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Analysis: Four years ago, UTLA increased its member dues by 33 percent. What did the union do with the money?

Mike Antonucci | January 14, 2020

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Mike Antonucci’s Union Report appears weekly at LA School Report.

United Teachers of Los Angeles president Alex Caputo-Pearl (Photo by Scott Heins/Getty Images)

In the summer of 2015, Alex Caputo-Pearl, president of United Teachers Los Angeles, gave a state of the union speech in which he alerted members to the dire necessity of raising dues by 33 percent. Without the increase, he said, UTLA would be “bankrupt or dramatically weakened” in the years to come.

Though there was considerable squawking from the rank-and-file, they ultimately approved the increase in February 2016.

Did the increase have an impressive effect on UTLA’s finances and avert a cataclysm to its bottom line? An examination of the union’s financial disclosure reports to the Internal Revenue Service both before and after the dues hike indicates it didn’t do much except pad UTLA’s payroll and bank account.

Before the increase went into effect, UTLA collected $41 million in dues, of which about $9.4 million was spent on officer and staff compensation. The union’s net worth was about $28.5 million, of which about $7.9 million was in non-interest-bearing cash. This hardly appears to be a case of impending doom.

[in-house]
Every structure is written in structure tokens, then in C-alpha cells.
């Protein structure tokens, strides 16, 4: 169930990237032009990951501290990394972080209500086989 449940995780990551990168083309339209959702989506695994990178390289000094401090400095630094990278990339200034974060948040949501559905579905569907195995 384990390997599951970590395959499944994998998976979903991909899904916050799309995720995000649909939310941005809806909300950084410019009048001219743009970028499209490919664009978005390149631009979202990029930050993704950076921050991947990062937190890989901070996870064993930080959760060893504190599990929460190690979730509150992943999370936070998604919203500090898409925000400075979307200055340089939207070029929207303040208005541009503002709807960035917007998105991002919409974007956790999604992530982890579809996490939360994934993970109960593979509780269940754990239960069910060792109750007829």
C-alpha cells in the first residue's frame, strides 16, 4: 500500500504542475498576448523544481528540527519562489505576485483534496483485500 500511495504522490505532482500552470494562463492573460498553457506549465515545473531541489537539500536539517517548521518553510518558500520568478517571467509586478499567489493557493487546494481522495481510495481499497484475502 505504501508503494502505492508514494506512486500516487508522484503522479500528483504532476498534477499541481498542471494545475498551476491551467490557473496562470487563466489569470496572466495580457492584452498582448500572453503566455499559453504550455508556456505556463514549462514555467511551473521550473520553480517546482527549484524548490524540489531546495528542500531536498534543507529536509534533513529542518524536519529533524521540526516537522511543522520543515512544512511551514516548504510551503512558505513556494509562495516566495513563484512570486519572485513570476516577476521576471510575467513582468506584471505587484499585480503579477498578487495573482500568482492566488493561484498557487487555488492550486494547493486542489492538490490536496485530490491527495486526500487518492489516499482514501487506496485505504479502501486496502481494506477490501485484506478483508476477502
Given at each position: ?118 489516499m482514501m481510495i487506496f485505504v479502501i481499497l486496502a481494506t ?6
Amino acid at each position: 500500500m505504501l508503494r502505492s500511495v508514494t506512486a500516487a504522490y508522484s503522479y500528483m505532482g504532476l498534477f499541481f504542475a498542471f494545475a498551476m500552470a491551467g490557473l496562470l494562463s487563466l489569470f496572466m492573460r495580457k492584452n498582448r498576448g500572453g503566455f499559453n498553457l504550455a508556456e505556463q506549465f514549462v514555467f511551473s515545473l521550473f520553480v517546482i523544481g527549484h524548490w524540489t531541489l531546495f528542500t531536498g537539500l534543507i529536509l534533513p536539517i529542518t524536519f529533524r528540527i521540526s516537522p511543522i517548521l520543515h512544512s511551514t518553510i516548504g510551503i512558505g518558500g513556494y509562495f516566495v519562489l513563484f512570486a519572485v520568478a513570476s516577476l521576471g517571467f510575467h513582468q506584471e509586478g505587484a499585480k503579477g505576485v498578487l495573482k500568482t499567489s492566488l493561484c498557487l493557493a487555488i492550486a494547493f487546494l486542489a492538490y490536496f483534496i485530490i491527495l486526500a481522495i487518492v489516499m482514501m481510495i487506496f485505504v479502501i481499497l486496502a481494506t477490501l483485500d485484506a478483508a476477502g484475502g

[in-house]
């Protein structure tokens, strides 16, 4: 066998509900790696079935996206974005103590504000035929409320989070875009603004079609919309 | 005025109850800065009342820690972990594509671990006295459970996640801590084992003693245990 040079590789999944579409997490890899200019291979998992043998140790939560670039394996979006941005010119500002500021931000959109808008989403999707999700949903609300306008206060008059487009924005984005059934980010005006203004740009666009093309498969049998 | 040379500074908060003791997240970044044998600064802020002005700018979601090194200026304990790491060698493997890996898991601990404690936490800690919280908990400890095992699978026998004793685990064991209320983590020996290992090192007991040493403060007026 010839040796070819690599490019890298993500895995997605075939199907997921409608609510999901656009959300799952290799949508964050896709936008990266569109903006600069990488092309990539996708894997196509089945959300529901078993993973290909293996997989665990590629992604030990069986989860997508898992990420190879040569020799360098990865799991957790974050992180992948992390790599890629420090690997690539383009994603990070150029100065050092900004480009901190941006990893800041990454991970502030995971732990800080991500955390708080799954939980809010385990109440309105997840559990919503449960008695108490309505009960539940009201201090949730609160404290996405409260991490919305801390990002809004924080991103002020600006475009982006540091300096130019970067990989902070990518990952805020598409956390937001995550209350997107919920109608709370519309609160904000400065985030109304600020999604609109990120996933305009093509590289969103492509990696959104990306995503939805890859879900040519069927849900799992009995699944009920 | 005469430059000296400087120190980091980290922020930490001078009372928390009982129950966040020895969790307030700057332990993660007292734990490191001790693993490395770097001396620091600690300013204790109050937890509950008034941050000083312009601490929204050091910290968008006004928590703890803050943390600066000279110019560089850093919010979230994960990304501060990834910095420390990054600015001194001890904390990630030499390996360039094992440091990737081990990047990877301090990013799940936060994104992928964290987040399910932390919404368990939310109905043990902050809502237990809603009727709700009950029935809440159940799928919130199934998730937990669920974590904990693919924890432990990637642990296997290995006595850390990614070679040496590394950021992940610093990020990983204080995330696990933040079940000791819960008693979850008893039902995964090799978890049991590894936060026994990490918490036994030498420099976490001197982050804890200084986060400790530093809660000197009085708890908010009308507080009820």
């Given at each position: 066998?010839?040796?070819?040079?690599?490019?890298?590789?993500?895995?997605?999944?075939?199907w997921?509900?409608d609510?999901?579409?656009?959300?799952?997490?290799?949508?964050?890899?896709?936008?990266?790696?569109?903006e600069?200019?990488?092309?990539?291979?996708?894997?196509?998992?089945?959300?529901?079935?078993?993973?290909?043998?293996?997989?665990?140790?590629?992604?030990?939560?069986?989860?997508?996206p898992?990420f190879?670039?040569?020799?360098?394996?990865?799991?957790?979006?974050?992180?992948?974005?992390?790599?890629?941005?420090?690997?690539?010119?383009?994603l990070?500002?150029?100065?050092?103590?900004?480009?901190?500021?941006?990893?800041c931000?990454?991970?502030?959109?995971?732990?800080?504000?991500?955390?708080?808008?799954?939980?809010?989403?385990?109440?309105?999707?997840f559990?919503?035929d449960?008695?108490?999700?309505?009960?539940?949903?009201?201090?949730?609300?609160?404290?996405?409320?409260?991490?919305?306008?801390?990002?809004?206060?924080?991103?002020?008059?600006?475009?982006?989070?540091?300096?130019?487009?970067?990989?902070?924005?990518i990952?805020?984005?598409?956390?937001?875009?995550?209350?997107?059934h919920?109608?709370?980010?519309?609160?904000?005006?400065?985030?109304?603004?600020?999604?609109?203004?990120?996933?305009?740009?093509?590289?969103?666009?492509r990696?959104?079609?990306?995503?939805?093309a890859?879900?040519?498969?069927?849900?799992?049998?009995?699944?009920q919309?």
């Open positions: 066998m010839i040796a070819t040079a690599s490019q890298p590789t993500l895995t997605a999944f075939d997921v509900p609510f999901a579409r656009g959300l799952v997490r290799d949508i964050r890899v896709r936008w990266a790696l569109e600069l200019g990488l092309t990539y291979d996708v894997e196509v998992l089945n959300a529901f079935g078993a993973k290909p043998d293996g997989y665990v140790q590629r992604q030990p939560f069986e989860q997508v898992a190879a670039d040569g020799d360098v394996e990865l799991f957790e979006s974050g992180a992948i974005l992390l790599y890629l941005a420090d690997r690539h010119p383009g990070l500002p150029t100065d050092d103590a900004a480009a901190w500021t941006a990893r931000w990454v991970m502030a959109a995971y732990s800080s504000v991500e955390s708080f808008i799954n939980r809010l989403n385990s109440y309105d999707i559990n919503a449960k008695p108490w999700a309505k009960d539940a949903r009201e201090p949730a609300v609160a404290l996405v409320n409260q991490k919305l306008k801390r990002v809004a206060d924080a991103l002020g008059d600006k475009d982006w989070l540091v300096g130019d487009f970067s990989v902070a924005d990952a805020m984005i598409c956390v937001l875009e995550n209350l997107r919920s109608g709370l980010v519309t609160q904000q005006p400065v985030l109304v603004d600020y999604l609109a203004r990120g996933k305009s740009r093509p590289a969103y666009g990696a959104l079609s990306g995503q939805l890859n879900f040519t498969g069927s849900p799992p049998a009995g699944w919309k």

The dues increase led to an additional $5.8 million in revenue, of which about $1.4 million was added to staff salaries and benefits. The number of UTLA employees earning more than $100,000 ballooned from 12 to 23 in just two years.

The union had other windfalls. Its legal expenses fell by more than one-third, and its accounting expenses by two-thirds.

So where did the bulk of the increase end up? In cash, apparently. UTLA’s non-interest-bearing cash assets stood at almost $11.6 million at the end of the 2017-18 school year, an increase of more than 47 percent in two years.

The dues hike might never have passed had it been sold to the membership as a means to boost staff compensation and add to already large bank account. There was never any danger of UTLA going bankrupt. But since the union’s dues increases no longer require a rank-and-file vote, its leaders no longer have to resort to subterfuge. They can pass dues hikes on their own.

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